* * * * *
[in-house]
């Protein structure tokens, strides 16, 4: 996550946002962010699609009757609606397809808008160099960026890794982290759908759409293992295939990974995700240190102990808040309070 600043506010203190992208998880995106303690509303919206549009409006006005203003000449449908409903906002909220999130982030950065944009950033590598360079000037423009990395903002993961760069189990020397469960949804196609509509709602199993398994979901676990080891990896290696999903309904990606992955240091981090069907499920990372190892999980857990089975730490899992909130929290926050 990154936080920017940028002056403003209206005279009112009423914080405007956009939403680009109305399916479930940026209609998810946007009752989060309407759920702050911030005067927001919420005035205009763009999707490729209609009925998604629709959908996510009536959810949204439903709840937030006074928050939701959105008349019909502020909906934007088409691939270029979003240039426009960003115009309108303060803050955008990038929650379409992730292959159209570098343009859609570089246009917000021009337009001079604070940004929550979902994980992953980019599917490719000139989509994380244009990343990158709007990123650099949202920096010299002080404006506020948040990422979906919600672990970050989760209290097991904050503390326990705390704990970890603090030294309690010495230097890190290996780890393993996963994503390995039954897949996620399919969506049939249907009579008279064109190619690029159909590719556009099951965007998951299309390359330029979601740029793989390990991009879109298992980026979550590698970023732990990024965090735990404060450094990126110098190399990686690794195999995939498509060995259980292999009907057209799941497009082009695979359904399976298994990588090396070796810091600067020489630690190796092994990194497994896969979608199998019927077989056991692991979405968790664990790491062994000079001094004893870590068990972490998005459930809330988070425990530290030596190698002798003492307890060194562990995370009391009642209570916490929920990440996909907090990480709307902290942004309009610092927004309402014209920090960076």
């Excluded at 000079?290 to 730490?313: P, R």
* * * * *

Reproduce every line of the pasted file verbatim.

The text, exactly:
[in-house]
């Protein structure tokens, strides 16, 4: 996550946002962010699609009757609606397809808008160099960026890794982290759908759409293992295939990974995700240190102990808040309070 600043506010203190992208998880995106303690509303919206549009409006006005203003000449449908409903906002909220999130982030950065944009950033590598360079000037423009990395903002993961760069189990020397469960949804196609509509709602199993398994979901676990080891990896290696999903309904990606992955240091981090069907499920990372190892999980857990089975730490899992909130929290926050 990154936080920017940028002056403003209206005279009112009423914080405007956009939403680009109305399916479930940026209609998810946007009752989060309407759920702050911030005067927001919420005035205009763009999707490729209609009925998604629709959908996510009536959810949204439903709840937030006074928050939701959105008349019909502020909906934007088409691939270029979003240039426009960003115009309108303060803050955008990038929650379409992730292959159209570098343009859609570089246009917000021009337009001079604070940004929550979902994980992953980019599917490719000139989509994380244009990343990158709007990123650099949202920096010299002080404006506020948040990422979906919600672990970050989760209290097991904050503390326990705390704990970890603090030294309690010495230097890190290996780890393993996963994503390995039954897949996620399919969506049939249907009579008279064109190619690029159909590719556009099951965007998951299309390359330029979601740029793989390990991009879109298992980026979550590698970023732990990024965090735990404060450094990126110098190399990686690794195999995939498509060995259980292999009907057209799941497009082009695979359904399976298994990588090396070796810091600067020489630690190796092994990194497994896969979608199998019927077989056991692991979405968790664990790491062994000079001094004893870590068990972490998005459930809330988070425990530290030596190698002798003492307890060194562990995370009391009642209570916490929920990440996909907090990480709307902290942004309009610092927004309402014209920090960076």
């Excluded at 000079?290 to 730490?313: P, R």